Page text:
Weekly: Widespread abuse of recycling seen in waste management sector

Plastic waste.
Plastic waste. Source: Pixabay

A report by agricultural weekly Maaleht has found widespread neglect of recycling in the refuse management sector, which sees the bulk of plastics and other garbage which should be recycled, ending up either being incinerated or buried in land-fill sites.

While the Environmental Board (Keskonnaamet) is issuing more and more precepts for garbage infringements, there has been little coverage of the issue up until now, Maaleht says (link in Estonian).

Maaleht journalist Bianca Mikovitš told ERR morning radio show "Vikerhommik" Thursday that a lack of state regulation was mainly to blame.

As the law stands, since 2008 landfills must not accept unsorted municipal waste. Producers of packaging which needs recycling should pay for the privilege, and the public should sort the waste at home, then refuse collectors are responsible for ensuring collected waste remains in the sorted state, with that earmarked for recycling going through the process.

But this has not been happening, Maaleht reports.

Waste managers have said that while half of collected mixed packaging should be recycled, in reality only 15-20 percent of a haul actually is.

"The packaging system has gone awry," a senior waste specialist, who wished to remain nameless, told Maaleht.

"If organizations from the producer side were responsible, they would deal with it," the source went on.

"Instead, the system has been hijacked by waste handlers, operating in the most economically efficient way, but at a lower level, in order to maximize profits."

The problem starts at refuse collection points, the source added. While mixed package garbage cans may be designed in a trendy fashion, in reality the trash will be incinerated with other waste, they said.

Organizations can hide this in accounting, they added; while it is simpler for the Environmental Inspectorate to monitor other areas, this data is too much for them to handle.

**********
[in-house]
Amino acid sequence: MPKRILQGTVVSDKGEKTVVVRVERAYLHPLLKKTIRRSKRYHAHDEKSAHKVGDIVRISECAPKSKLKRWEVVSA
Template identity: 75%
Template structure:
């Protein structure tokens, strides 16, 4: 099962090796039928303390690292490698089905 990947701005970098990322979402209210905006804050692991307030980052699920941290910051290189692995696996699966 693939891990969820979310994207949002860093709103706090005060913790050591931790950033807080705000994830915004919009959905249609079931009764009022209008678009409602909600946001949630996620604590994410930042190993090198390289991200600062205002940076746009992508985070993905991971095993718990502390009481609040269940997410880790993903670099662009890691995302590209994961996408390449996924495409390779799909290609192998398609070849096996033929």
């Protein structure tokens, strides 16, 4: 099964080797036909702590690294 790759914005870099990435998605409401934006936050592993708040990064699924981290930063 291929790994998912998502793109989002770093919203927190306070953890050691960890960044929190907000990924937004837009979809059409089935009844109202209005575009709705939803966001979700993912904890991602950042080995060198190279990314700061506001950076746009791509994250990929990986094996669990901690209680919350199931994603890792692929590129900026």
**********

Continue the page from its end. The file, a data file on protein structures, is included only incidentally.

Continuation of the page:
The source added that awareness of the issue is not new; the National Audit Office (Riigikontroll) also drew attention to it some years ago, they said.

In order to check out the allegations, Maaleht attached tracking devices to refuse which should be recycled, to see what its real destination was.

Many plastic items end up buried, or incinerated, the experiment revealed.

One bottle placed in a recycling point in Viimsi, just outside Tallinn, ended up in the Jõelähtme landfill site, east of the capital. The site is managed by the Tallinn Waste Recovery Center (TJT), which incinerates much of its refuse.

Another discarded but tracked item was thrown away in Tartu, and ended up in the Uikala landfill site in Ida-Viru County, itself a source of concern for the Environmental Board and described by Maaleht as a "black hole".

The Tartu refuse service used is provided by OÜ Eesti Pakendringllus, whole MTÜ Eesti Taaskasutusorganisatsioon is responsible for the Viimsi refuse point. OÜ Eesti Pakendringllus has a 46 percent market share, while MTÜ Eesti Taaskasutusorganisatsioon has a 28 percent market share, Maaleht says.

The full Maaleht piece (in Estonian) is here.

Maaleht is a weekly published by Ekspress Meedia, which also issues investigative weekly Eesti Ekspress, daily Eesti Päevaleht, online portal Delfi, and several other publications.


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Editor: Andrew Whyte

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